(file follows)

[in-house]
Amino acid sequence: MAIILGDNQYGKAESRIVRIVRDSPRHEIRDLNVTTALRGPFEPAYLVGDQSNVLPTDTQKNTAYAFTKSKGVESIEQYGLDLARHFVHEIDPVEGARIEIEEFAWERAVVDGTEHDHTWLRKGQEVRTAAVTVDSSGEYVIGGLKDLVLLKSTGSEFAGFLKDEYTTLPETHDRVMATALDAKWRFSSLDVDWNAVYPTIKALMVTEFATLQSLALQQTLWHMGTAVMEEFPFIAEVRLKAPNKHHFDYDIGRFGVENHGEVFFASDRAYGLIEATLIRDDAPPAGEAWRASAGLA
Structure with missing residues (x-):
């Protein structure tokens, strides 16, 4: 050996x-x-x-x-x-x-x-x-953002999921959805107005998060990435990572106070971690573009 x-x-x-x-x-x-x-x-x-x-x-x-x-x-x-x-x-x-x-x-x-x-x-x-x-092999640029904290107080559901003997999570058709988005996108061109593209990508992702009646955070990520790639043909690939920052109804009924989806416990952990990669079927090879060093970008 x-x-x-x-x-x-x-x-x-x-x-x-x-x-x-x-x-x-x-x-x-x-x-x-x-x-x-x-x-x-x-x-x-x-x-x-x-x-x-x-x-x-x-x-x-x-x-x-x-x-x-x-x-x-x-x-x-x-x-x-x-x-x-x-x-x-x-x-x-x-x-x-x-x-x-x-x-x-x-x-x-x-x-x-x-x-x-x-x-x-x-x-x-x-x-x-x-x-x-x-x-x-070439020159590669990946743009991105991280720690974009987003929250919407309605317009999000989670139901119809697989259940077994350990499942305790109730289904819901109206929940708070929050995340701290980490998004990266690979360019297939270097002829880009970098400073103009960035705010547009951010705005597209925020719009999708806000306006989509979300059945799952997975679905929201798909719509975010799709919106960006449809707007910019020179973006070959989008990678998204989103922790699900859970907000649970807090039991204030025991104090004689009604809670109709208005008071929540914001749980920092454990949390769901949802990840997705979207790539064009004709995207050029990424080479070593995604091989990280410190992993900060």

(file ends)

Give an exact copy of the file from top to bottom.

[in-house]
Amino acid sequence: MAIILGDNQYGKAESRIVRIVRDSPRHEIRDLNVTTALRGPFEPAYLVGDQSNVLPTDTQKNTAYAFTKSKGVESIEQYGLDLARHFVHEIDPVEGARIEIEEFAWERAVVDGTEHDHTWLRKGQEVRTAAVTVDSSGEYVIGGLKDLVLLKSTGSEFAGFLKDEYTTLPETHDRVMATALDAKWRFSSLDVDWNAVYPTIKALMVTEFATLQSLALQQTLWHMGTAVMEEFPFIAEVRLKAPNKHHFDYDIGRFGVENHGEVFFASDRAYGLIEATLIRDDAPPAGEAWRASAGLA
Structure with missing residues (x-):
């Protein structure tokens, strides 16, 4: 050996x-x-x-x-x-x-x-x-953002999921959805107005998060990435990572106070971690573009 x-x-x-x-x-x-x-x-x-x-x-x-x-x-x-x-x-x-x-x-x-x-x-x-x-092999640029904290107080559901003997999570058709988005996108061109593209990508992702009646955070990520790639043909690939920052109804009924989806416990952990990669079927090879060093970008 x-x-x-x-x-x-x-x-x-x-x-x-x-x-x-x-x-x-x-x-x-x-x-x-x-x-x-x-x-x-x-x-x-x-x-x-x-x-x-x-x-x-x-x-x-x-x-x-x-x-x-x-x-x-x-x-x-x-x-x-x-x-x-x-x-x-x-x-x-x-x-x-x-x-x-x-x-x-x-x-x-x-x-x-x-x-x-x-x-x-x-x-x-x-x-x-x-x-x-x-x-x-070439020159590669990946743009991105991280720690974009987003929250919407309605317009999000989670139901119809697989259940077994350990499942305790109730289904819901109206929940708070929050995340701290980490998004990266690979360019297939270097002829880009970098400073103009960035705010547009951010705005597209925020719009999708806000306006989509979300059945799952997975679905929201798909719509975010799709919106960006449809707007910019020179973006070959989008990678998204989103922790699900859970907000649970807090039991204030025991104090004689009604809670109709208005008071929540914001749980920092454990949390769901949802990840997705979207790539064009004709995207050029990424080479070593995604091989990280410190992993900060």